Chemical composition[4]

Chemical composition of different parts of this plant is mentioned in [Table 1]
Table 1: Chemical composition of different parts of Moringa oleifera Lam.

Click here to view



  Divergent Utilization of Moringa oleifera Lam (Shigru) Top


Uses of different parts of Moringa oleifera lam

In classical text, utilization of different parts of Shigru is stated which mentioned in [Table 2].
Table 2: Uses of different parts of Shigru (Moringa oleifera Lam.)

Click here to view



  Different Activities of Moringa oleifera Lam Top


Antihypertensive and diuretic activity

Ethanol extract from the pods, which are thiocarbamate and isothiocyanate glycosides has shown hypotensive effect.[5] Methyl phydroxybenzoate and β-sitosterol present in M. oleifera pods also showed promising hypothetical activity. Diuretic activity[6] of Moringa roots, leaves, flowers, gum, and aqueous seed infusion play a complementary role to lower the blood pressure.

Antibacterial and antifungal activity

Pterygospermine (from the roots and leaves) has powerful antibacterial and fungicidal effects.[7] The bark extract has been shown to possess antifungal activity,[8] while the juice from the stem bark showed antibacterial effect against Staphylococcus aureus. The seeds found to have antimicrobial properties against Gram-positive and Gram-negative bacteria cells.[9] Furthermore, the seeds can inhibit bacteriophage replication.[10]

Antitumor and anticancer activity

Niaziminin (a thiocarbamate from the leaves) shows restraint on tumor-promoter-induced Epstein–Barr virus activation.[11]

Cholesterol lowering activity

β-sitosterol (from leaves) has a significant reduction in cholesterol in the serum of rats which fed with high fat diet. Its fruit was found to decrease lipid profile in hypercholesteremic rabbits and increase fecal cholesterol excretion.[12]

Antispasmodic activity review

4-[α-[L-rhamnosyloxy] benzyl]-o-methylthiocarbamate (trans) in the ethanol extract of leaves shows antispasmodic activity, which forms the basis for its traditional use in diarrhea.[13]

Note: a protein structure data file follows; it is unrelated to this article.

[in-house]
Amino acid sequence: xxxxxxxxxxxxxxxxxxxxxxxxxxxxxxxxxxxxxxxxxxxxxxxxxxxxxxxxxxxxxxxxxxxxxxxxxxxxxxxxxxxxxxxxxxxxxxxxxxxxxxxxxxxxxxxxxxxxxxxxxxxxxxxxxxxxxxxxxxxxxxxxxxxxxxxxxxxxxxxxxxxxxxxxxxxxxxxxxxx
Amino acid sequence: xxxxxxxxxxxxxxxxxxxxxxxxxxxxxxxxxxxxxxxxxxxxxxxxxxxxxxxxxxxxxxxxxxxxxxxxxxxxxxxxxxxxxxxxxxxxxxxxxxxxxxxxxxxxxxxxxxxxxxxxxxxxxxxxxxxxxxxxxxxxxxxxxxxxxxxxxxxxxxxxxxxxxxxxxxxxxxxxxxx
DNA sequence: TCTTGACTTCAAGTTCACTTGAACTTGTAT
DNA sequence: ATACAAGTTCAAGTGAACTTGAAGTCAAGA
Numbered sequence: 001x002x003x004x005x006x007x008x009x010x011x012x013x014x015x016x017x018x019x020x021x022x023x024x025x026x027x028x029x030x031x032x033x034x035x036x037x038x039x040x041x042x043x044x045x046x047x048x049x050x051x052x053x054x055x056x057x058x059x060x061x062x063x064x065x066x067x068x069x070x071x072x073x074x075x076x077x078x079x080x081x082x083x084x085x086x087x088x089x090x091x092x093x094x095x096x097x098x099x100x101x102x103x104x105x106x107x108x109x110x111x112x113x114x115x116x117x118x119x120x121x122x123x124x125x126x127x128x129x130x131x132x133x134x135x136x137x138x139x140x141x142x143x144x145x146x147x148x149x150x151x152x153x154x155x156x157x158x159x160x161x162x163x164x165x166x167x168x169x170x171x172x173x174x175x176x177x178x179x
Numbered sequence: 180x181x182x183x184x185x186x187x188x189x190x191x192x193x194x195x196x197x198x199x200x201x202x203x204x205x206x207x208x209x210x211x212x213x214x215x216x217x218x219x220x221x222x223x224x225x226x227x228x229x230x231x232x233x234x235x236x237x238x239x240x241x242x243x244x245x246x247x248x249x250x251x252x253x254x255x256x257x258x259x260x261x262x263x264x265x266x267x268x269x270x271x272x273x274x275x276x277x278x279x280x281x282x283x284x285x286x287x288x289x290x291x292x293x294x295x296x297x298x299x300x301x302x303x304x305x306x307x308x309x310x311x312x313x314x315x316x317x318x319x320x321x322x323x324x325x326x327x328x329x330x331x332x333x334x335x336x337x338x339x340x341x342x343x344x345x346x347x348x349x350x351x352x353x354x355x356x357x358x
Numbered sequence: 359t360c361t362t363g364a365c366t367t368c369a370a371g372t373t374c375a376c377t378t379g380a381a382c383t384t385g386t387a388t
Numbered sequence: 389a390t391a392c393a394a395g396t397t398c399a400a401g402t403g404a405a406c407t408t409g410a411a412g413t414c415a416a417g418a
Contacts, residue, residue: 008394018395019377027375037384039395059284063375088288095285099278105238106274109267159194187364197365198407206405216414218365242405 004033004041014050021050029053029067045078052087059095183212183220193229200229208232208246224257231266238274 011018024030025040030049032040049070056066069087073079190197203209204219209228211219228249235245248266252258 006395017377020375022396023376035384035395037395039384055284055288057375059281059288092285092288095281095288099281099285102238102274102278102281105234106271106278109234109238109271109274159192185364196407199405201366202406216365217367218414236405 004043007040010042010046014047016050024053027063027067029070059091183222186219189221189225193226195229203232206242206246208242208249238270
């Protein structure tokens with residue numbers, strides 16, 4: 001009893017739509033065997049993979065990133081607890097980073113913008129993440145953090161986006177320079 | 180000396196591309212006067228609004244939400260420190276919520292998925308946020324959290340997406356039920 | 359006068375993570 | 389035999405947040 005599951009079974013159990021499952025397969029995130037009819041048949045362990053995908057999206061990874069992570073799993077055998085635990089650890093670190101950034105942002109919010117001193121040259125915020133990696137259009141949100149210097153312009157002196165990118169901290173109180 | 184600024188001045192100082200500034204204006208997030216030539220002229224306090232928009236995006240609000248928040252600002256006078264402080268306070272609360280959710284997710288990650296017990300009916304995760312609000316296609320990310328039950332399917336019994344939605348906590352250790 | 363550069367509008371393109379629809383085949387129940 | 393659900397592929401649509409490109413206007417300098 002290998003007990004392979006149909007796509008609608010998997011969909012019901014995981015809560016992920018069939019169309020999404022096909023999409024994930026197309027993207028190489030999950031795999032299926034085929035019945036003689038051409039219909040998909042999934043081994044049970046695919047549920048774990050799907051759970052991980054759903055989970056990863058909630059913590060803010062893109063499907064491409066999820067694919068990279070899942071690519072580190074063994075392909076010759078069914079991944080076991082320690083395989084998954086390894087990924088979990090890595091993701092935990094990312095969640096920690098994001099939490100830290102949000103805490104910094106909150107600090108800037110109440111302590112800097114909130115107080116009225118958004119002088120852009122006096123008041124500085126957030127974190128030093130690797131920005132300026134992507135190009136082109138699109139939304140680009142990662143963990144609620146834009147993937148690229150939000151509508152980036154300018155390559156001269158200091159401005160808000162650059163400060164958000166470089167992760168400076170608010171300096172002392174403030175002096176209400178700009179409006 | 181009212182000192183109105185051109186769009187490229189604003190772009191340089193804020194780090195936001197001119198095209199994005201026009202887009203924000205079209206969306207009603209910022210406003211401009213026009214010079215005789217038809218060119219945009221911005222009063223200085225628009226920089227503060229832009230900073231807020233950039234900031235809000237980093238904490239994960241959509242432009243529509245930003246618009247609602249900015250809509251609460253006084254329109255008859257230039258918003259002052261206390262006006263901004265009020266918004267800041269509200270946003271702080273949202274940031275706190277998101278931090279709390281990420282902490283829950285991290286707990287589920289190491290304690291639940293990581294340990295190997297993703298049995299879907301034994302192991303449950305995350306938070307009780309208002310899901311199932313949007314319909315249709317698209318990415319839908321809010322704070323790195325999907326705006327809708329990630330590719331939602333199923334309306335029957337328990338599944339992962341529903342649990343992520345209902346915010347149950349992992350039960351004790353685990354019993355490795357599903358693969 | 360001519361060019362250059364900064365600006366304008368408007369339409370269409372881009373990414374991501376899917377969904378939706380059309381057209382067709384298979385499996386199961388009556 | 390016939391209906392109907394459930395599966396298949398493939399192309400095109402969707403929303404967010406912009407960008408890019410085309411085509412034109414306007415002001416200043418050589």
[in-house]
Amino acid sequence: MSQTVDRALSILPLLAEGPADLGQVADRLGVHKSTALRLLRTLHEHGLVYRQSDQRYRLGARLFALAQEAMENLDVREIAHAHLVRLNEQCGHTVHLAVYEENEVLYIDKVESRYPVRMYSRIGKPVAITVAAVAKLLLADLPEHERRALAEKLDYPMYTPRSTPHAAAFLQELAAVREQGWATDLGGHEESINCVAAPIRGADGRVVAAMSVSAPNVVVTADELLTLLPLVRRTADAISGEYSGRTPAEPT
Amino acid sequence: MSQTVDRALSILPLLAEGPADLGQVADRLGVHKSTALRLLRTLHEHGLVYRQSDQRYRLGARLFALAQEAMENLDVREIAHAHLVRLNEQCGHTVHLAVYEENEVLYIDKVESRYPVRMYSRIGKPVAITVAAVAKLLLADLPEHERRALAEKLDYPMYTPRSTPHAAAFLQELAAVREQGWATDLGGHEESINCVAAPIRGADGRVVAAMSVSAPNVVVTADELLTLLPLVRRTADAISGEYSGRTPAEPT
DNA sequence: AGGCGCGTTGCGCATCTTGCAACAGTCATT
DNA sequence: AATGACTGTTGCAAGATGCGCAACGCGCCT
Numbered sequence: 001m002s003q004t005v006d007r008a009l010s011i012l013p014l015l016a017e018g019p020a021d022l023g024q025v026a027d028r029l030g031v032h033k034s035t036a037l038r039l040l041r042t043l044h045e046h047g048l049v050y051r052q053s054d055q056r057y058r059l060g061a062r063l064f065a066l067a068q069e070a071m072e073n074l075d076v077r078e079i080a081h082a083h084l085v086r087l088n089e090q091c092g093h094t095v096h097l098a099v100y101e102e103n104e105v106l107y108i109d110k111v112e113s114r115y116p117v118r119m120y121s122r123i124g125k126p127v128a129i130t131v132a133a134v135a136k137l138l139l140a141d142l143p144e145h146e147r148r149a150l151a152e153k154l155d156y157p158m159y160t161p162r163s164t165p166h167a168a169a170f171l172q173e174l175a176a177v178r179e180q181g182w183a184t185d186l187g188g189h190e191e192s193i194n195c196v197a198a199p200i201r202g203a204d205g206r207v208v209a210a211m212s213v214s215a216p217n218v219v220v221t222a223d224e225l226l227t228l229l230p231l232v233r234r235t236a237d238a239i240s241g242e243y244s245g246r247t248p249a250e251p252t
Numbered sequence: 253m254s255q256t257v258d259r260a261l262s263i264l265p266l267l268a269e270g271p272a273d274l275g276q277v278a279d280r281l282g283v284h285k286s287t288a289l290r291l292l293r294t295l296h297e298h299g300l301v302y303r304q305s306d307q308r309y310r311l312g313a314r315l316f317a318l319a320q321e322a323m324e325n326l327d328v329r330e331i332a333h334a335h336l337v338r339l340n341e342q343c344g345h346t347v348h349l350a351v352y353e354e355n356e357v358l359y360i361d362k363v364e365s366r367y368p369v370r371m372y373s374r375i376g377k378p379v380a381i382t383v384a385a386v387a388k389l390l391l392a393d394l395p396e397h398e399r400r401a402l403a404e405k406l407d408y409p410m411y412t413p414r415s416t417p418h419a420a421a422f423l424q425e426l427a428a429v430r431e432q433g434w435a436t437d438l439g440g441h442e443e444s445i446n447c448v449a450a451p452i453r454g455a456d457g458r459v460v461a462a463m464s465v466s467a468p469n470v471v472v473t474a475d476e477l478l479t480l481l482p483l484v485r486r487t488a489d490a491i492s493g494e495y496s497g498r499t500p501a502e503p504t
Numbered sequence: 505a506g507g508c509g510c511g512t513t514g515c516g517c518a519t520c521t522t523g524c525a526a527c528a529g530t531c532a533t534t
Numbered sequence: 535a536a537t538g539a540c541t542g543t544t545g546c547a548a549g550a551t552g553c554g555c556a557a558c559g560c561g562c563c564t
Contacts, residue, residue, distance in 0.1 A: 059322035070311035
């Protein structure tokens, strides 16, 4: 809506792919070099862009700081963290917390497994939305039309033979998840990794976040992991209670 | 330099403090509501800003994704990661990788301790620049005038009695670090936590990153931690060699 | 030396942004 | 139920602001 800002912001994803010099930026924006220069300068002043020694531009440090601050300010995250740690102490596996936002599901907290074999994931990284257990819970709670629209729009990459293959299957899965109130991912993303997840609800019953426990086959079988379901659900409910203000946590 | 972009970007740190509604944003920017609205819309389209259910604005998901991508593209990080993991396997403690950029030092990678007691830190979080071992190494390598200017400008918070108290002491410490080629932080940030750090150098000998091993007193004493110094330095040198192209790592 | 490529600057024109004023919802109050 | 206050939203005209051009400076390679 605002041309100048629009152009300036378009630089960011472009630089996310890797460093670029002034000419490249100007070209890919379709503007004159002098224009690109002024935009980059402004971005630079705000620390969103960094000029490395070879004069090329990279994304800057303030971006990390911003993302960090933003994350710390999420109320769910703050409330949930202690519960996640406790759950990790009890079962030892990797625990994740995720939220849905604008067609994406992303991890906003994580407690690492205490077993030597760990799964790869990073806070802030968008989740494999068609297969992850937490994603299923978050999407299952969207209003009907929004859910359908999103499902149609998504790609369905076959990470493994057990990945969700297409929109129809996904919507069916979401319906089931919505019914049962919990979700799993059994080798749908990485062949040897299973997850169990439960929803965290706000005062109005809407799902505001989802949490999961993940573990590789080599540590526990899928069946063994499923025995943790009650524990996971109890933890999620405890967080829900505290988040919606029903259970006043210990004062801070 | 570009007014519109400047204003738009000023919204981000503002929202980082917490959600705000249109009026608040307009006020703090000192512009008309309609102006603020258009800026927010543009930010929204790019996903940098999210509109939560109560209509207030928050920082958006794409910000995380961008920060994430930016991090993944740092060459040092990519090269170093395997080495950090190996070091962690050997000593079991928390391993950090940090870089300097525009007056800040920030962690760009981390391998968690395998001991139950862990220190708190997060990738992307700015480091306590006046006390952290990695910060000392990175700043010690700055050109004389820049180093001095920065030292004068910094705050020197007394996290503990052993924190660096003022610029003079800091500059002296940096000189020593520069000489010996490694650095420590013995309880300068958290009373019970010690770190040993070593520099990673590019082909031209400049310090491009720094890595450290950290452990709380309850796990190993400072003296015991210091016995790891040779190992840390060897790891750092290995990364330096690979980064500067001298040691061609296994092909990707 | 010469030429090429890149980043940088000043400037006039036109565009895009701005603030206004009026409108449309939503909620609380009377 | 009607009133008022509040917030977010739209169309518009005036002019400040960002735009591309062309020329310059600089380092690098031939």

Antiulcer and hepatoprotective activity

Aqueous leaf extracts possessed antiulcer effect. The aqueous and alcohol extracts of flowers have quercetin, a well-known flavonoid, which may have a significant hepatoprotective effect.[14]

Antiparasitic activity

M. oleifera gum was being used as an anti-filarial agent. In vitro activity of M. oleifera had shown some anti-protozoan activity.[15] Water extract was known to have larvicidal, pupicidal as well as adult mosquito killer properties against the Culex quinquefasciatus. The ethanolic extracts of the plant were used at the various concentrations causing paralysis and death of the worms.

Uterotonic activity

The extract produced rapid and concentration-dependent contractile effect on buffalo myometrial strips and the EC50 value was found to be 27.35 μg/ml. Atropine (10-6-10-5M), chlorpheneramine (1 μg/ml), promethazine (10-6 M), and prazosin (10-5-10-4M) produced either complete or partial inhibitory effect on the extract (250 μg/ml)-induced myometrial contraction.[16] However, physostigmine (0.2 μM) and indomethacin (10-5 M) failed to produce any excitatory or inhibitory effect on MOFE (M. oleifera flower extract)-induced myometrial contractility. Based on our findings, it may be inferred that MOFE possesses promising uterotonic potential.

Central nervous system activity

Rat model having Alzheimer's disease (induced by intracerebroverticle infusion of colchicines) showed that ethanolic extract of M. oleifera leaves can provide the protection against monoaminergic deficits associated with Alzheimer.[17] Methanolic root extract showed dose-dependent central nervous system (CNS) depressant effect,[18] but also protected against strychnine- and leptazol-induced convulsions.

Wound-healing activity

The aqueous extract of M. oleifera leaves and ethyl acetate extract of dried leaves was found to possess significant wound-healing potential.[19]

Antihyperglycemic activity

In rats, the aqueous extract shows hypoglycemic and anti-diabetic effect.[20]

Antipyretic activity

Ethanol seed extract showed a dose-dependent reduction in the normal body temperature in albino rats.[21]

Antiasthmaticactivity